Violence: Moderate to heavy. Aside from the panic, seen locally and worldwide via television, there is wholesale looting of stores, people fighting each other, many crashes, and a man is shot trying to rob a jewelry store. People are threatened by guns and two “threaten” suicide, but no blood is ever shown, and neither are any deaths on screen, aside from the robber. A school bus goes off a bridge, but no driver or children are found. There is the peril of planes crashing into each other, and people everywhere are seen falling into a frenzied mob mentality.
Violence against oneself, in the form of drug abuse (still often erroneously referred to as a victimless crime), is also shown when a passenger resorts to this in order to escape the horror of what has happened (unsuitable for younger children, especially due to the intensity of the situations).
Sex/Nudity: Mild. Ray clearly intends to be unfaithful to his wife Irene, but no details are discussed, either by him or Hattie. When we first see Hattie, the camera focuses on her legs, and her blouse is probably a size too small, as she is practically bursting out of it. Chloe shows her own cleavage, though most often in threatening situations where the tension overrides the moment. I noticed nothing else bordering on inappropriate.
A Muslim passenger suggests, after hearing numerous theories on the disappearances (alien abduction, invisibility), that they all consider prayer. While this instigates an argument on the plane as to, “whose God do we pray to?”, the point is a Biblically valid one and supported by the whole of the Bible, for good reason. At times of judgment, prayers to God have saved his people, as when Moses cried out on their behalf.
“Ask and it will be given to you; seek and you will find; knock and the door will be opened to you. For everyone who asks receives; he who seeks finds; and to him who knocks, the door will be opened.” —Matthew 7:7-8
Ray had not yet been physically unfaithful to his wife, but he is clearly planning to commit adultery with Hattie while in London (having first committed adultery in his heart). His alienation from his wife may have begun the day she was saved, a year earlier, however the Bible warns us that by dwelling on desires we know are wrong, no matter what the “excuse,” it will inevitably lead to acting out the sin.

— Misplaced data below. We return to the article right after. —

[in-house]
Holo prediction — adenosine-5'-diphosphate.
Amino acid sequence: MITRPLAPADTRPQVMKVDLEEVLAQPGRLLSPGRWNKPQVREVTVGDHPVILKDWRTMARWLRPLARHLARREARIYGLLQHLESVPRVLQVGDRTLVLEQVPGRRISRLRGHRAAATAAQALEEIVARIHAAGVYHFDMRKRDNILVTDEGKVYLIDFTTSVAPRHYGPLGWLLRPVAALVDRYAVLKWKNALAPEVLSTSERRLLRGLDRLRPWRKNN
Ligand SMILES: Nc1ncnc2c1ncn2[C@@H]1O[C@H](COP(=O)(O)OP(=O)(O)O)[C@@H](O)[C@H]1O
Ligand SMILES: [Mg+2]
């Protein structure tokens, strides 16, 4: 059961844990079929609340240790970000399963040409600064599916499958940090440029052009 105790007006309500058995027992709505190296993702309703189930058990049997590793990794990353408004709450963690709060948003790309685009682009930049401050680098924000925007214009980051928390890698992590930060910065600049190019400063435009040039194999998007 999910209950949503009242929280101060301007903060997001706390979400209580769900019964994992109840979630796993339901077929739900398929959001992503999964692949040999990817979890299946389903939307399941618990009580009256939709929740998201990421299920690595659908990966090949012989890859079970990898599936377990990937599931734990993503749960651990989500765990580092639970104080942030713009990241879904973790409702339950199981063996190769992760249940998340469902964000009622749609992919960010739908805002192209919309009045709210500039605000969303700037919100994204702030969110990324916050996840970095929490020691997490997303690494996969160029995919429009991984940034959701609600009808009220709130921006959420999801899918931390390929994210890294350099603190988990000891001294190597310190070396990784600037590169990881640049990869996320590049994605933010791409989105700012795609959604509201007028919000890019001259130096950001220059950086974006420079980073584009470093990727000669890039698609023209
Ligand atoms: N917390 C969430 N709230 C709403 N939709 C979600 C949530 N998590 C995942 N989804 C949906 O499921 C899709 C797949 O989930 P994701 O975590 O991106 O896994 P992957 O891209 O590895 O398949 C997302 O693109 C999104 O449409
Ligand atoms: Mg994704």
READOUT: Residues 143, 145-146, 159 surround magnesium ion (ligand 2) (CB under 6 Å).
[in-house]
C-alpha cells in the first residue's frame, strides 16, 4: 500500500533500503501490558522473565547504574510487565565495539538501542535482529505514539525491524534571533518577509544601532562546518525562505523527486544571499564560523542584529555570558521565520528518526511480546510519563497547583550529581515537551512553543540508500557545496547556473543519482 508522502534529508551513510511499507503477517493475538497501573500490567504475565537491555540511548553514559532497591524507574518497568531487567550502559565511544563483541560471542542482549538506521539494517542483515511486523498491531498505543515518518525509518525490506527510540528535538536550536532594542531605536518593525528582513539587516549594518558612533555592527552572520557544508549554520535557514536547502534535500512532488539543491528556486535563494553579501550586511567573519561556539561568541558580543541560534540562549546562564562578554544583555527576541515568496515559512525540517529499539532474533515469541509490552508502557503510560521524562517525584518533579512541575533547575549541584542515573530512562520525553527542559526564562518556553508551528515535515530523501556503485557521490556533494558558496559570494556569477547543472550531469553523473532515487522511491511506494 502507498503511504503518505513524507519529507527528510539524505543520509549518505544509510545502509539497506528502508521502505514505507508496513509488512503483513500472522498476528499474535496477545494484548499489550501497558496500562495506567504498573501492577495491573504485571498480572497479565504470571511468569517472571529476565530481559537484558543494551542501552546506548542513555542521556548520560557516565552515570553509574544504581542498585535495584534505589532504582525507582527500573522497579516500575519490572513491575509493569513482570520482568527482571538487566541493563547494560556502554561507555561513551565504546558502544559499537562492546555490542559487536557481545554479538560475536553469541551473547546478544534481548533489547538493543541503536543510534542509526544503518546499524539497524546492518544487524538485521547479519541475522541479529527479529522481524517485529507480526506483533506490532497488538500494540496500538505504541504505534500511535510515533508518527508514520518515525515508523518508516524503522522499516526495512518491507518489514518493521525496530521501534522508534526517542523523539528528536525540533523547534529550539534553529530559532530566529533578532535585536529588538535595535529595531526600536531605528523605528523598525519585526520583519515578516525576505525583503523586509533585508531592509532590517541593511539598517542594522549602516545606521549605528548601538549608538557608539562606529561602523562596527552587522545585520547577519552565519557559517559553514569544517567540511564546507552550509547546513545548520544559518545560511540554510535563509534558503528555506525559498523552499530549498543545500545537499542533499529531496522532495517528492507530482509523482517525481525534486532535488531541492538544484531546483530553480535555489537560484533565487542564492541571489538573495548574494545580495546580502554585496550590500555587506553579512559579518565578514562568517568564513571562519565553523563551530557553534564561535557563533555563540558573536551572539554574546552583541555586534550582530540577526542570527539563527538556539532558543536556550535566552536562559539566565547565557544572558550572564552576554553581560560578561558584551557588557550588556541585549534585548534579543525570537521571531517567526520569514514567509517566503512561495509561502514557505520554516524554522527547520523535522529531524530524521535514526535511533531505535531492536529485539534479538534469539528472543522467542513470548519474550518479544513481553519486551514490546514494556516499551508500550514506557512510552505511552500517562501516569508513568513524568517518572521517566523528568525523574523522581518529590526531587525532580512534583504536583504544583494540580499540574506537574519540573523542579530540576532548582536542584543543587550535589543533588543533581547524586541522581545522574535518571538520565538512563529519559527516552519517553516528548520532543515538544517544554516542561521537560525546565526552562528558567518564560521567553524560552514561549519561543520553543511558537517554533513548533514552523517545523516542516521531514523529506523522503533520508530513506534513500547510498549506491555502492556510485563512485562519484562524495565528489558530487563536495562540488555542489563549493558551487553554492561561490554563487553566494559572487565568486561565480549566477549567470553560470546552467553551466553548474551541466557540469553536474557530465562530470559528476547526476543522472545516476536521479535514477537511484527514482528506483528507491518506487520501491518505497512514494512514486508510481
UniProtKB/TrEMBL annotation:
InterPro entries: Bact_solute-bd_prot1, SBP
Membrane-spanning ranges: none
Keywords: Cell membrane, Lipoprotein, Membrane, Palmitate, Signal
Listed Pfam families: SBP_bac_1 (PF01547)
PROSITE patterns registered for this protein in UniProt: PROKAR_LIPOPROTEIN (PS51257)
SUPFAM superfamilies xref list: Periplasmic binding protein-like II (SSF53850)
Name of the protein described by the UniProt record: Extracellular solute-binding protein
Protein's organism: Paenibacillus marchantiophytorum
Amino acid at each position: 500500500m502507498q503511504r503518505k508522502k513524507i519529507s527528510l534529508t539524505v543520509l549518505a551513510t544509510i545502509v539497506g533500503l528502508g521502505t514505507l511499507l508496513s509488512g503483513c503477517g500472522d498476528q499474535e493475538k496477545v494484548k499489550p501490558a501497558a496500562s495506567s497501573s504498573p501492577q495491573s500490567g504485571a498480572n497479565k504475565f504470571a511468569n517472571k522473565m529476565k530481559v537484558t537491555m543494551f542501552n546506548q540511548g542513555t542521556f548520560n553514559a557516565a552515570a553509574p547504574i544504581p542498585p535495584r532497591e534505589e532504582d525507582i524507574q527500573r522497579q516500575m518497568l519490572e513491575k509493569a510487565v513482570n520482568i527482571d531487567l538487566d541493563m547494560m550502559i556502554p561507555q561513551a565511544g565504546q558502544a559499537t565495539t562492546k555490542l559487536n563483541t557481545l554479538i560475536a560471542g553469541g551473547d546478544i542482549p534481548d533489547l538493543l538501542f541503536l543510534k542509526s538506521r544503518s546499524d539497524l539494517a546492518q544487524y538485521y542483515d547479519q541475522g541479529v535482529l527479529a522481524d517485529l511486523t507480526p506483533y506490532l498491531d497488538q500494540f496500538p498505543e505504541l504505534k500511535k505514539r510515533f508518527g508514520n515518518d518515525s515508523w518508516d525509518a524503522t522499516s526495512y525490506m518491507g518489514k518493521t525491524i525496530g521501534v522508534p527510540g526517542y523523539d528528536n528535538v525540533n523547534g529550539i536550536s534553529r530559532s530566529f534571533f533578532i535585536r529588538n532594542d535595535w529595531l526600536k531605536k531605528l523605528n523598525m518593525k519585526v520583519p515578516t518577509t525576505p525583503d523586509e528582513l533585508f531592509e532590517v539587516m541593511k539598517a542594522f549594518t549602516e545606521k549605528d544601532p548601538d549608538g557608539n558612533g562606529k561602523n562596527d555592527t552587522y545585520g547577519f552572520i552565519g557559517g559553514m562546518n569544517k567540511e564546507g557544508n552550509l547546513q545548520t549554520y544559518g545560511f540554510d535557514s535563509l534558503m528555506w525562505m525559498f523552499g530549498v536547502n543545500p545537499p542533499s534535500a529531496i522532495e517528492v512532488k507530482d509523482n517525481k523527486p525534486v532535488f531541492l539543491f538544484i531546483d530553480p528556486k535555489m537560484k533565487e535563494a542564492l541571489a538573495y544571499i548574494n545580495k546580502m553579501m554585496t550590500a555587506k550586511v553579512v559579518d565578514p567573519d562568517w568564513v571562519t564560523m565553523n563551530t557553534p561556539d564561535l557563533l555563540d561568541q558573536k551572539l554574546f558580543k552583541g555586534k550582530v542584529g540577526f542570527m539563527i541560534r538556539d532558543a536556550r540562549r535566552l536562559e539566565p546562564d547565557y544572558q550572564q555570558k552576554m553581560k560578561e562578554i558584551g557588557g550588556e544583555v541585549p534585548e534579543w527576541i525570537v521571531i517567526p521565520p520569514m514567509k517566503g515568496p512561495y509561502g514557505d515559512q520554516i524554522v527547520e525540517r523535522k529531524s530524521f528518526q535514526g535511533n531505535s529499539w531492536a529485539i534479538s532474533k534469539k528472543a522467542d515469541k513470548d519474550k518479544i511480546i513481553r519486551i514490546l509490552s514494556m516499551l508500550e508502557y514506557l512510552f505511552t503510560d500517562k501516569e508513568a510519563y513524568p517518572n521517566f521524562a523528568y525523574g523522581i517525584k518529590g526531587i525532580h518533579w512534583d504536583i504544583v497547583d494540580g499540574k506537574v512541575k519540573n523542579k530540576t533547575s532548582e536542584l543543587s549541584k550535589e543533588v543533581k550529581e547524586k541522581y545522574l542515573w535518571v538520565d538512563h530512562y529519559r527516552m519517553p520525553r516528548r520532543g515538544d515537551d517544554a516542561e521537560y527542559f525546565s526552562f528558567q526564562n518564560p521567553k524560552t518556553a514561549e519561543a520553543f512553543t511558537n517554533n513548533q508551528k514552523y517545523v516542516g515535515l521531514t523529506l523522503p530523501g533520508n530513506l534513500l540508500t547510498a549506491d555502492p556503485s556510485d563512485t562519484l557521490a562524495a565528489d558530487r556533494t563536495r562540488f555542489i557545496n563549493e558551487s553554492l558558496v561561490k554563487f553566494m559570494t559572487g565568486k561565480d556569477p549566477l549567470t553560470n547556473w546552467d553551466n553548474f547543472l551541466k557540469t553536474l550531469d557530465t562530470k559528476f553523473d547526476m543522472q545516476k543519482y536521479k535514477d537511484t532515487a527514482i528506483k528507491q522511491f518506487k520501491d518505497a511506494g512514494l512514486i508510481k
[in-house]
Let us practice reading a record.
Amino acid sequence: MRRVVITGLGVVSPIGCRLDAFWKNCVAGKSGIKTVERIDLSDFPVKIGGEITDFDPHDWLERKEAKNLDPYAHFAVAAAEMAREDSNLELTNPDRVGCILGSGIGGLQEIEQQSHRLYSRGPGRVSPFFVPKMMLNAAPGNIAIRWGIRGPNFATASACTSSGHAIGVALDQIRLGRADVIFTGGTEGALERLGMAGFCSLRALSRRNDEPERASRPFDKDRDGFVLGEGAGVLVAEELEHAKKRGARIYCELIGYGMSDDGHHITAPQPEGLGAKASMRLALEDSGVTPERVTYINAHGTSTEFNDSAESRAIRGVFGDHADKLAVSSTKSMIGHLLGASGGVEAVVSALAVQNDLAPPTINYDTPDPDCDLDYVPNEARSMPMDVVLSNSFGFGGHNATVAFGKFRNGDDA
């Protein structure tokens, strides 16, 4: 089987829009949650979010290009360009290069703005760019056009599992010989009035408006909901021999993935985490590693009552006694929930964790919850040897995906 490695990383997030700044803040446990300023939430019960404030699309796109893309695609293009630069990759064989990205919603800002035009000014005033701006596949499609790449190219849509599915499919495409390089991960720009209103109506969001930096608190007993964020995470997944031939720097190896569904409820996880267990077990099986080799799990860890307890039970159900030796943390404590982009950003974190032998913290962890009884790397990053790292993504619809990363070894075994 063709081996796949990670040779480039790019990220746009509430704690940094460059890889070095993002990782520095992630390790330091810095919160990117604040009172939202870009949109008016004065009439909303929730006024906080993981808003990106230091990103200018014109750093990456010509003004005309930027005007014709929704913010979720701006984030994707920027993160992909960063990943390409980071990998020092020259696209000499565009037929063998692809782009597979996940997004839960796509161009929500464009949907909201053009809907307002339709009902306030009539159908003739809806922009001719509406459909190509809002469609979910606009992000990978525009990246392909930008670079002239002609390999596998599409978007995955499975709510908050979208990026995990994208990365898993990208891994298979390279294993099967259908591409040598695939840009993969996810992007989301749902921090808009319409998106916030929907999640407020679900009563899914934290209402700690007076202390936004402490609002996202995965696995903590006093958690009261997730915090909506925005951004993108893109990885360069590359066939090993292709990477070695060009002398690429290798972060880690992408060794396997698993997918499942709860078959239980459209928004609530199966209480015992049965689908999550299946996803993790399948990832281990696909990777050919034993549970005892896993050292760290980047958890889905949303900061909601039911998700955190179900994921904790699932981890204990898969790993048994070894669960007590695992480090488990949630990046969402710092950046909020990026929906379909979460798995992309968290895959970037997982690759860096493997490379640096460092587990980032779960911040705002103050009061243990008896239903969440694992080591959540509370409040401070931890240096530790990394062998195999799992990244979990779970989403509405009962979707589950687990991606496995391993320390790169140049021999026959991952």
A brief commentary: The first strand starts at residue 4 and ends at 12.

“But each one is tempted when, by his own evil desire, he is dragged away and enticed. Then, after desire has conceived it gives birth to sin; and sin when it is full-grown, gives birth to death.” —James 1:14-15
“Then shall two be in the field; the one shall be taken, and the other left.” —Matthew 24:40
Looking for answers, Chloe heads for her church, only to find it deserted, except for Pastor Barnes (Lance E. Nichols). Shocked, she asks him why wasn’t he taken (raptured), and he is forced to admit the reason when he says, “I knew the Words, I could quote them chapter and verse, but that’s not enough, you have to believe.” Our Lord himself warned us that many who call on his name would find themselves in the same position for lack of faith, and the deeds that follow faith as a matter of course.
“Why do you call me Lord, Lord, and do not do what I say?” —Luke 6:46
Based on the popular twelve (12) part book series, readers familiar with the works should be aware that the film only covers content from a few chapters of book one. The anti-Christ never gets introduced, so we don’t get to see the world government begin to take shape under his leadership. A few other liberties are also taken with the storyline, making it seem more like a real-time disaster film, but more in the tradition of an episodic TV series like “24”.
As an “end-time” film, it captures well the utter sense of hopelessness that must take place after the Rapture. The kind that will drive many to thoughts of suicide and yet others to God, and that will be what comes next for those “left behind”—the choice to then acknowledge Jesus as Lord or to continue to live this life rejecting him. Yet, as desperately as it is portrayed, real events will pan out much more tragically than can be captured by a writer’s imagination. Hopefully, the film will encourage many to do their own research on the subject, beginning with the most reliable source—that of God’s Word-because no one can truly know his timing and we all need to be focusing on Him lest we be caught unawares.
“Watch therefore: for ye know not what hour your Lord doth come.” —Matthew 24:42-44
“Left Behind” is a decently made, taut and suspenseful drama with enough humor to keep it interesting, but the small budget, by Hollywood measures, gives it a small screen (TV) quality that is occasionally hard to ignore. Messaging, however, is excellent (as far as it goes), and it made me wish this had instead been produced as a year-long TV series, as I do believe it deserves high marks for effort, though slightly lower for execution.
Violence: Moderate to heavy / Profanity: Mild—“My God” (2), “Oh God” (1), s-word (1) / Sex/Nudity: Mild
official site: LeftBehindMovie.com
See list of Relevant Issues—questions-and-answers.